In Fraser’s analysis the ideology takes many forms: from the emphasis on individualism and identity politics (which frustrates class solidarity), to “state-sponsored paranoia” (which tricks us into loving Big Brother), to the endless distractions of the culture wars, to the cult of the business titan (a sort of folk hero or “plebeian liberator” whose triumph has had the paradoxical effect of camouflaging the existence of a ruling elite).

    But perhaps what makes the Age of Acquiescence such a truly strange development is that it has occurred despite one of the most striking differences between then and now.

    A hundred years ago inequality was growing rapidly but there was still a widespread belief in material progress – and this was a belief grounded in reality. Most if not all boats were rising.

    That’s not true today, where the middle class is shrinking and real incomes have been stagnant or in decline for decades. Measured against other developed nations, American standards of living have been falling even faster. The United States is a “society in retrogression . . . a country in the throes of economic anorexia.” This is a stark repudiation of one of the nation’s founding myths, that the New World is the land of Progress.

    With that dismantling, hope has been replaced by fear. Dreams of Utopia have been replaced by anxiousness over economic or environmental meltdown. Acquiescence has become a strategy for survival.

    Review first published May 16, 2015.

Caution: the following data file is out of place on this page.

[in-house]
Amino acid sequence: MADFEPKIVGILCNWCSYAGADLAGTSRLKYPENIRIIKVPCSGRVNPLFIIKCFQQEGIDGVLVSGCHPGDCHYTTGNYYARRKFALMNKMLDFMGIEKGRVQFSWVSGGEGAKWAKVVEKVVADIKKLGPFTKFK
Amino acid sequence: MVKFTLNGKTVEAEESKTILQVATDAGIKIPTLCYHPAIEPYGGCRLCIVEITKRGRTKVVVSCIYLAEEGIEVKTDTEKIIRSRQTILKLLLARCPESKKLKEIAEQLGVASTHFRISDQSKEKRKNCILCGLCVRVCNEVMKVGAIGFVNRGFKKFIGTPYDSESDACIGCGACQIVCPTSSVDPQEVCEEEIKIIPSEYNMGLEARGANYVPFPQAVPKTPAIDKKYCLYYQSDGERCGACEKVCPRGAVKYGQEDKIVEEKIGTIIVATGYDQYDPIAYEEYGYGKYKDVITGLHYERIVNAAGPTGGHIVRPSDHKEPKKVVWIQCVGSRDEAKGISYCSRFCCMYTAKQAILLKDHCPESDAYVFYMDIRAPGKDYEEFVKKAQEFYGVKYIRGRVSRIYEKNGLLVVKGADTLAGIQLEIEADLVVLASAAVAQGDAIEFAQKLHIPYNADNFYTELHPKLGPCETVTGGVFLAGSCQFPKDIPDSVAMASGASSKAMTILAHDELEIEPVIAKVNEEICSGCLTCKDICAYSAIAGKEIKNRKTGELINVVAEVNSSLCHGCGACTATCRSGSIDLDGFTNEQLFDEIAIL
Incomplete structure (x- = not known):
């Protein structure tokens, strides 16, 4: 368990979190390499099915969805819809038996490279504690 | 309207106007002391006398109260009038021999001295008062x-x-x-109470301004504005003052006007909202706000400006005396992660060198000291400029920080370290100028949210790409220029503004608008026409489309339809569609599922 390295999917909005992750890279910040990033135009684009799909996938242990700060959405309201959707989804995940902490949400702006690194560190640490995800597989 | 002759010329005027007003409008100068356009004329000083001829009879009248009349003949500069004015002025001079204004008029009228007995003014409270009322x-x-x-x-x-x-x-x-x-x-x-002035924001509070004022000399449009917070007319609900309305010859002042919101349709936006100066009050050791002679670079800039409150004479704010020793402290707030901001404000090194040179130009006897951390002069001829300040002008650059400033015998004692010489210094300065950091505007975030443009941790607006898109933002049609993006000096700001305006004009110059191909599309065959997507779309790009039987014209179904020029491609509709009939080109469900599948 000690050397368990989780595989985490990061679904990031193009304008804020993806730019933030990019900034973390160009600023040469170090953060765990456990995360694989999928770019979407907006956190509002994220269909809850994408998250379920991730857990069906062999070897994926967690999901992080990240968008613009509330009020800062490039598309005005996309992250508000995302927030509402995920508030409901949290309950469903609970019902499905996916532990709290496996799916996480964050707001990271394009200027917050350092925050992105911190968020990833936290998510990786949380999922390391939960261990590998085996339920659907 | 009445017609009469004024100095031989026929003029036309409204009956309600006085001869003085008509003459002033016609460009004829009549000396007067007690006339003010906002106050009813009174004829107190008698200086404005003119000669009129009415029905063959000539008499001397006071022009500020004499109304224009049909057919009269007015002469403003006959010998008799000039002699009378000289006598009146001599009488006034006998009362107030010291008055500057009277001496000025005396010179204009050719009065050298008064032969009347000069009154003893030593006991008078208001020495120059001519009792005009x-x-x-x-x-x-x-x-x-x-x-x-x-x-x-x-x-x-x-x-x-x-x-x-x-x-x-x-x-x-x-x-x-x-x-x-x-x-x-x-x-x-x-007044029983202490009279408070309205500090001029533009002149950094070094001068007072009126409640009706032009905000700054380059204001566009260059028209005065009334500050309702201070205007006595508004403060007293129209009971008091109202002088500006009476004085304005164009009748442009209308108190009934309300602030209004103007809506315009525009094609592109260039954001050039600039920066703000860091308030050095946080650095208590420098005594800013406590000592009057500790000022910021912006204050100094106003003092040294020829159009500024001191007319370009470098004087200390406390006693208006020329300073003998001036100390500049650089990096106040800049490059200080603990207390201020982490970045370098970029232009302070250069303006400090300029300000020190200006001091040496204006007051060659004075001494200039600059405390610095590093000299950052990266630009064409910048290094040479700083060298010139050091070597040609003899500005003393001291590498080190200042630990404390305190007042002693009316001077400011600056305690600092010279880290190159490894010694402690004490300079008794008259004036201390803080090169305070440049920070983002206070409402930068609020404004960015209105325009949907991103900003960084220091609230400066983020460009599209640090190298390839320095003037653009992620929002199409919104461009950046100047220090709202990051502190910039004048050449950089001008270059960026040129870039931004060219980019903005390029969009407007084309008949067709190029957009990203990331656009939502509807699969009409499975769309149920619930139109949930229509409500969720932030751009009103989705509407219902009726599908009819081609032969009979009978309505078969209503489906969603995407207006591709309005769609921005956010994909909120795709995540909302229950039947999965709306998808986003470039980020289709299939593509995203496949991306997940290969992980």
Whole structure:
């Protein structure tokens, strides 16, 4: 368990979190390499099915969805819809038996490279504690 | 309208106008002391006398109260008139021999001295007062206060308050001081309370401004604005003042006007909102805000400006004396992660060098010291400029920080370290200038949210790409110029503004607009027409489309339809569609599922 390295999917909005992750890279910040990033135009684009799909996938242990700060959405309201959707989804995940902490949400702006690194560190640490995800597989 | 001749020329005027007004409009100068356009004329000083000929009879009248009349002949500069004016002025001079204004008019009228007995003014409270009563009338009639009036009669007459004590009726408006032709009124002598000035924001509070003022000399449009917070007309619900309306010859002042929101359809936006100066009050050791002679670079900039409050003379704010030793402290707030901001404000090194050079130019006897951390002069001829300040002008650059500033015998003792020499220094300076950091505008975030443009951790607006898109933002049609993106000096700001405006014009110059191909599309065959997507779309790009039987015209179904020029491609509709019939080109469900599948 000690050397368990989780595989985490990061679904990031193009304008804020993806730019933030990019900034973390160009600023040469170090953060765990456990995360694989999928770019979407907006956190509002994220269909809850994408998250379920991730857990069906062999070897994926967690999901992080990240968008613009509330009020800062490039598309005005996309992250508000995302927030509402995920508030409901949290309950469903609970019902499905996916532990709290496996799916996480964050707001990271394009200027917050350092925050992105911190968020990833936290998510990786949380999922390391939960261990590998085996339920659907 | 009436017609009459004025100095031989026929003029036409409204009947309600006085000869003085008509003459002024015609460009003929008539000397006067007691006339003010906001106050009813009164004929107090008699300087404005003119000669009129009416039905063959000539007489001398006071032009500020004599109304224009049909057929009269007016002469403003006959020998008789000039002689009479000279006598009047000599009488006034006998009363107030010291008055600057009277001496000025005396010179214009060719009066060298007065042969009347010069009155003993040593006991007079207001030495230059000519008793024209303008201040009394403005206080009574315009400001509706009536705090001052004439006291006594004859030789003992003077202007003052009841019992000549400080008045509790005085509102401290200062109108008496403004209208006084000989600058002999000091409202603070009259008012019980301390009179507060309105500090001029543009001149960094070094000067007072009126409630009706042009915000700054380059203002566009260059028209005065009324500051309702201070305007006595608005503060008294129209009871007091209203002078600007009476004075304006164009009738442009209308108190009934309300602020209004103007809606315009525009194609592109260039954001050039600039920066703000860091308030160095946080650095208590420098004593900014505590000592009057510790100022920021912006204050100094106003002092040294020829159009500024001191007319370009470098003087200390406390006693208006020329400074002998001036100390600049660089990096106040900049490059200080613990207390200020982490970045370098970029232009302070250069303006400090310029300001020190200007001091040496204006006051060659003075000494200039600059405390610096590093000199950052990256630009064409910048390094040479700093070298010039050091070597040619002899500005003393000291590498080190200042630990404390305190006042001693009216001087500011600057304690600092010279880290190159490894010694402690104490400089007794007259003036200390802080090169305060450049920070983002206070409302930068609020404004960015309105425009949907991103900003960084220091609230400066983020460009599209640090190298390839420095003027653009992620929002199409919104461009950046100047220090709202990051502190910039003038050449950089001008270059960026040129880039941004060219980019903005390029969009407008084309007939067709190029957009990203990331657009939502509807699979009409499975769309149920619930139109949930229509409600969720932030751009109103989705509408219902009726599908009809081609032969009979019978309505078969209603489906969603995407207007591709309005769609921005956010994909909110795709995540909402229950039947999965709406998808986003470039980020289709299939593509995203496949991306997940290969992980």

• It’s All the Rage

    It’s All the Rage
    Wendy Kaminer

    There is an ineluctable political drift toward harsher criminal laws in a democracy. What politician doesn’t want to get “tough on crime”? Alas, the rhetoric doesn’t always fit reality, as Wendy Kaminer argues in this attempt to inject a bit of clarity into the debate. At the core of her argument is the contradiction between different models of imagining the modern self and its relation to the state. By what set of  standards – between those privileging individual or social values – do we judge and punish crime? And if we opt for an individual-oriented standard, how do we deal with the fact that, individually, we are so poorly equipped to deal with such questions? Or does it matter? Isn’t crime and punishment in the twenty-first century just a form of therapy and entertainment? We don’t do unto others as we would have done unto ourselves because the care of the self is non-transferable. Our only concern is for safety and revenge.